The Dangers of Investing in Your Company Stock

BP's stock is tanking, and its employees' retirement savings are being dragged down with it, victims of a failure to learn from past corporate implosions. The BP Employee Savings Plan had $2.5 billion invested in BP stock at the end of 2009, nearly 30 percent of its total assets. Since the Deepwater Horizon explosion of April 20, which killed 11 workers and sent tar balls onto the beaches of every Gulf state, the stock's value has declined by more than 50 percent.

Employees may buy shares out of loyalty or optimism, but the BP case provides a reminder of the dangers of allocating too much to company stock. Several law firms and a handful of individual investors are suing over the impact BP's woes have wrought on their retirement plans.

The BP lawsuits call to mind retirement disasters brought on by the scandal-fueled demises of Enron and WorldCom. About 57 percent of Enron's 11,000 workers had a portion of their retirement savings invested in its stock when it lost 99 percent of its value in 2001. The workers lost more than $1 billion in a little more than a month. WorldCom employees lost a similar amount just as fast, after the telecommunications company declared bankruptcy following accounting scandals.

But it didn't take long for those lessons of 2001 and 2002 to be lost. The agricultural giant, Monsanto's, direct-contribution retirement plan now counts the company's own stock as its top investment, holding at 50 percent of total assets, according to BrightScope, a provider of 401(k) ratings, while the Procter & Gamble Profit Sharing Trust and Employee Stock Ownership Plan, with $14.3 billion in plan assets, holds 93 percent of its portfolio in the company’s common stock.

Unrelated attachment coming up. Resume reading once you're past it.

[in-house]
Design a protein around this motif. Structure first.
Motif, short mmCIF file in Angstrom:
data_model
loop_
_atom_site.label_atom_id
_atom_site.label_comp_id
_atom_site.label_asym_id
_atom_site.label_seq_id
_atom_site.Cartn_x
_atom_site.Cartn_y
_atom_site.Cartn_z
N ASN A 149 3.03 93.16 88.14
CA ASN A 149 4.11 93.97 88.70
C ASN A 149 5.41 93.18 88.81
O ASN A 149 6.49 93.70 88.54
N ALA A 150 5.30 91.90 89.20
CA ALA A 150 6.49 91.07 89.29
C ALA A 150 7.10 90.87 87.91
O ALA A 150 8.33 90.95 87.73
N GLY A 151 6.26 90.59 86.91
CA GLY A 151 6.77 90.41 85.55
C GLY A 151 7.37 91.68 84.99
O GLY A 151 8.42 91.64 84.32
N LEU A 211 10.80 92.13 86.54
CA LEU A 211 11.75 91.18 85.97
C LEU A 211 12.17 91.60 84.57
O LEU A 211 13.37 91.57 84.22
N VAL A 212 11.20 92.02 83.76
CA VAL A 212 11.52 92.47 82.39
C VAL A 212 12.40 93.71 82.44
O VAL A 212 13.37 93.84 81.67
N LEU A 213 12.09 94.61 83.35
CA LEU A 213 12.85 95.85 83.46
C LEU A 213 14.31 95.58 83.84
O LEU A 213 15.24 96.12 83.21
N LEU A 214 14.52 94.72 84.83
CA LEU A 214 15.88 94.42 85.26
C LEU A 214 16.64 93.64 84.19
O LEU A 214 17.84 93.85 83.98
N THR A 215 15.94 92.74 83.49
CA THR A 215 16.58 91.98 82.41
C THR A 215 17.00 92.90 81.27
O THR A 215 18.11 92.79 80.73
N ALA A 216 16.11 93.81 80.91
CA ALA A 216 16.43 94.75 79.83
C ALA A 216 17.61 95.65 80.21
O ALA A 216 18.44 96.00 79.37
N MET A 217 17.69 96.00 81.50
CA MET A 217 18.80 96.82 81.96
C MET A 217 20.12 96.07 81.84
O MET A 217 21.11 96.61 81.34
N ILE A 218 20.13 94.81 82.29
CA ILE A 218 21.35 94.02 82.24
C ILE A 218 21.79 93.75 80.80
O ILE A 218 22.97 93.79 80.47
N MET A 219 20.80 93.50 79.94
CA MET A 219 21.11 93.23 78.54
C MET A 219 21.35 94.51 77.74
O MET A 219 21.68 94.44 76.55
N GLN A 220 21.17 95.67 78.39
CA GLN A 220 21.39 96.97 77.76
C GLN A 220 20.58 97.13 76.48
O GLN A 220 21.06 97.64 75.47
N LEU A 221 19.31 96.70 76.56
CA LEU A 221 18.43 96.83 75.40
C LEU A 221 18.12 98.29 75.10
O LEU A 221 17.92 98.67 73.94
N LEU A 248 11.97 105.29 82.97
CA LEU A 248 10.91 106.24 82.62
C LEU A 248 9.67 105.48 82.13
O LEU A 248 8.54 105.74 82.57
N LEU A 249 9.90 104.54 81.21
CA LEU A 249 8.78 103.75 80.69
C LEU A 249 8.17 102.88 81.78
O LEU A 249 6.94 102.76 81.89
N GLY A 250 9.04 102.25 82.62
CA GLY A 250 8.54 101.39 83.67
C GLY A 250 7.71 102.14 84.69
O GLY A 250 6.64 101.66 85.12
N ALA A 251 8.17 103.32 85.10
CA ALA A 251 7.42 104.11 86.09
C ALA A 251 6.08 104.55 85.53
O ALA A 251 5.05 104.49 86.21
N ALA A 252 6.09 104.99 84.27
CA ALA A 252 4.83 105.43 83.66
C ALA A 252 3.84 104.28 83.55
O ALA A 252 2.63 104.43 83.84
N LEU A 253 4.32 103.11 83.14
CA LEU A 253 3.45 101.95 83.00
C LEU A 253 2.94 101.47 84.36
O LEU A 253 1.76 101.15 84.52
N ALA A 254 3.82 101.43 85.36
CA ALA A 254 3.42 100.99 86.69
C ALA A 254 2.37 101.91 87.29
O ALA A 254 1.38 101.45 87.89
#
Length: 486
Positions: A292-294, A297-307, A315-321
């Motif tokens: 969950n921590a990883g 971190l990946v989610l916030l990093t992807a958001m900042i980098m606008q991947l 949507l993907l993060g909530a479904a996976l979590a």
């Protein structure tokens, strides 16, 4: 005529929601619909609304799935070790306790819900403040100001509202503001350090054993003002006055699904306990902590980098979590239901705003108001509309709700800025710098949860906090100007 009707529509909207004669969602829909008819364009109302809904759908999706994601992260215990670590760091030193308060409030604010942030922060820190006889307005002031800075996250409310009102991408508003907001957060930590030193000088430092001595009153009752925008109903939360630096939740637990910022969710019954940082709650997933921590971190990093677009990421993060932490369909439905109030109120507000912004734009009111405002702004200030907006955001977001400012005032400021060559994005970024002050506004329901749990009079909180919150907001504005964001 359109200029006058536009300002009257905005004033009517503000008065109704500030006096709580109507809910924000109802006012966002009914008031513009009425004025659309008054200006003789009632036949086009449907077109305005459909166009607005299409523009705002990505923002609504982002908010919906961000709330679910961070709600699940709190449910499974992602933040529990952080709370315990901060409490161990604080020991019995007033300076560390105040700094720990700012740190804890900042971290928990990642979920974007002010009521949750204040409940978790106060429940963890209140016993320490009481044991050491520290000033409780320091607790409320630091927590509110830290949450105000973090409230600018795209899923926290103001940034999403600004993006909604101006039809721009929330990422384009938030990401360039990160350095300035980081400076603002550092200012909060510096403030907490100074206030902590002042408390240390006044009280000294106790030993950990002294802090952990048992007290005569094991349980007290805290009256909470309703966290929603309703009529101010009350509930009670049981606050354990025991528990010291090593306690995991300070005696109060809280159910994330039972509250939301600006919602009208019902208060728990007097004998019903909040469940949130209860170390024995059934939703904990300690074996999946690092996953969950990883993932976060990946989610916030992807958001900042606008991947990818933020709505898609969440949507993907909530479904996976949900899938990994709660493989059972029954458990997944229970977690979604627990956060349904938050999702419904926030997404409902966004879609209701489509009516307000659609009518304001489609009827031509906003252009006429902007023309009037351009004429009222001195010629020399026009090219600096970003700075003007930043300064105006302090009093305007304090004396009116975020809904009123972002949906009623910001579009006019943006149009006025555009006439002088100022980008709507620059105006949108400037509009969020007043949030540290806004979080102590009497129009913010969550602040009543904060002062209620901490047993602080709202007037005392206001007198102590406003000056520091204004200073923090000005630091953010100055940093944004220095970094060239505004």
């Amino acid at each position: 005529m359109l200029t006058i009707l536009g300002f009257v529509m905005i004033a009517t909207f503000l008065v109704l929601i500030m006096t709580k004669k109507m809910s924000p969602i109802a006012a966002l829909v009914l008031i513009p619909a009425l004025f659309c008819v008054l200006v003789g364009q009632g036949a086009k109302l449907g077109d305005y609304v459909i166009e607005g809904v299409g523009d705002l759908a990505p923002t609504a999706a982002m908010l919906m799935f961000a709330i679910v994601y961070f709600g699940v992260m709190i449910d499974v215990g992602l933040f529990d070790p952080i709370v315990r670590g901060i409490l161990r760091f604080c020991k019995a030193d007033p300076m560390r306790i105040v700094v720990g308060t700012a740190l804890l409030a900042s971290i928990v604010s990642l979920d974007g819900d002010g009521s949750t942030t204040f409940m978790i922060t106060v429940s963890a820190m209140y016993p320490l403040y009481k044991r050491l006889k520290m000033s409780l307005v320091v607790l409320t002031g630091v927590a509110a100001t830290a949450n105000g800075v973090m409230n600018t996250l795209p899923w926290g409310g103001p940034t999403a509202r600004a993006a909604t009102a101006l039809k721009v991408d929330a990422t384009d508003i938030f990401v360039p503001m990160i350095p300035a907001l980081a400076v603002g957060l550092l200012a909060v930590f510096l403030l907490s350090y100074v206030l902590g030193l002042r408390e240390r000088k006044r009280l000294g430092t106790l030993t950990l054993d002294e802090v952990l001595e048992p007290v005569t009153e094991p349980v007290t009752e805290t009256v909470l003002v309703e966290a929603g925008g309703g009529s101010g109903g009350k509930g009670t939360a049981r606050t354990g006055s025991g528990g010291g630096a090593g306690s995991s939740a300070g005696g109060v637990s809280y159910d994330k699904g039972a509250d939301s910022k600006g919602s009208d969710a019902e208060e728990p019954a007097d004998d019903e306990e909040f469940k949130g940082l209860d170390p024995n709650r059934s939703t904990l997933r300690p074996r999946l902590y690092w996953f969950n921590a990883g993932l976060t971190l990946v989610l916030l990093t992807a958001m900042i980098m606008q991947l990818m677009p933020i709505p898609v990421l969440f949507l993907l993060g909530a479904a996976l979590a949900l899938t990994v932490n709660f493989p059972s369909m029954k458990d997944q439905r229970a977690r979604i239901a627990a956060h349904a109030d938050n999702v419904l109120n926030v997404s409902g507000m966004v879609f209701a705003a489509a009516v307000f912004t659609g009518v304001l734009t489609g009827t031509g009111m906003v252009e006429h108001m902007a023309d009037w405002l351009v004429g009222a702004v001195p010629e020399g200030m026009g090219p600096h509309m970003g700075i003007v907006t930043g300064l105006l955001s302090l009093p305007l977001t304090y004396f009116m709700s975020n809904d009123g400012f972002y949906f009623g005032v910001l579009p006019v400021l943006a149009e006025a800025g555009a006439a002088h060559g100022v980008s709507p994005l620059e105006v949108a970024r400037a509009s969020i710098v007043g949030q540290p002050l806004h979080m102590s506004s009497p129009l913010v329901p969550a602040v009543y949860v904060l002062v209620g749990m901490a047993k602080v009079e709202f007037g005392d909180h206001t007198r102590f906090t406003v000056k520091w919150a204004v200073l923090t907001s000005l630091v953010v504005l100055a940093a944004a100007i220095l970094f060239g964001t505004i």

A 2004 survey by the Employee Benefits Research Institute found that 11 percent of the employees it surveyed had more than 80 percent of their 401(k) allocated to their company's stock. And, according to Hewitt Associates, company stock accounted for 19 percent of 401(k) assets last year. The percentage of employees who held half or more of their 401(k) plan assets in their employer's stock rose to 13 percent in 2009 from 9.4 percent a year earlier.

Most experts think that's too much. Hewitt Associates promotes a 10 percent limit. Others lean toward the more conservative approach adopted by many pension plans and a 2 percent cap.

Individual circumstances and needs should be part of the evaluation.  If a 401(k) is only part of an overall portfolio, a higher percentage of an employer's stock may still be acceptable risk, especially if shares have performed well and the transactions are free of commissions and management fees.

But there are no companies too big to flounder, and tying money up with an employer runs the risk of a double whammy—losing both a job and the value of the retirement savings it provided. At companies using their own stock for matching contributions, workers should still try to avoid having a sizable percentage of their asset allocation tied up in that that stock. Advisers say they should sell those shares frequently and move the money into other funds, although this may depend on whether the company and plan have restrictions on when and how shares can be sold.

By Joe Mont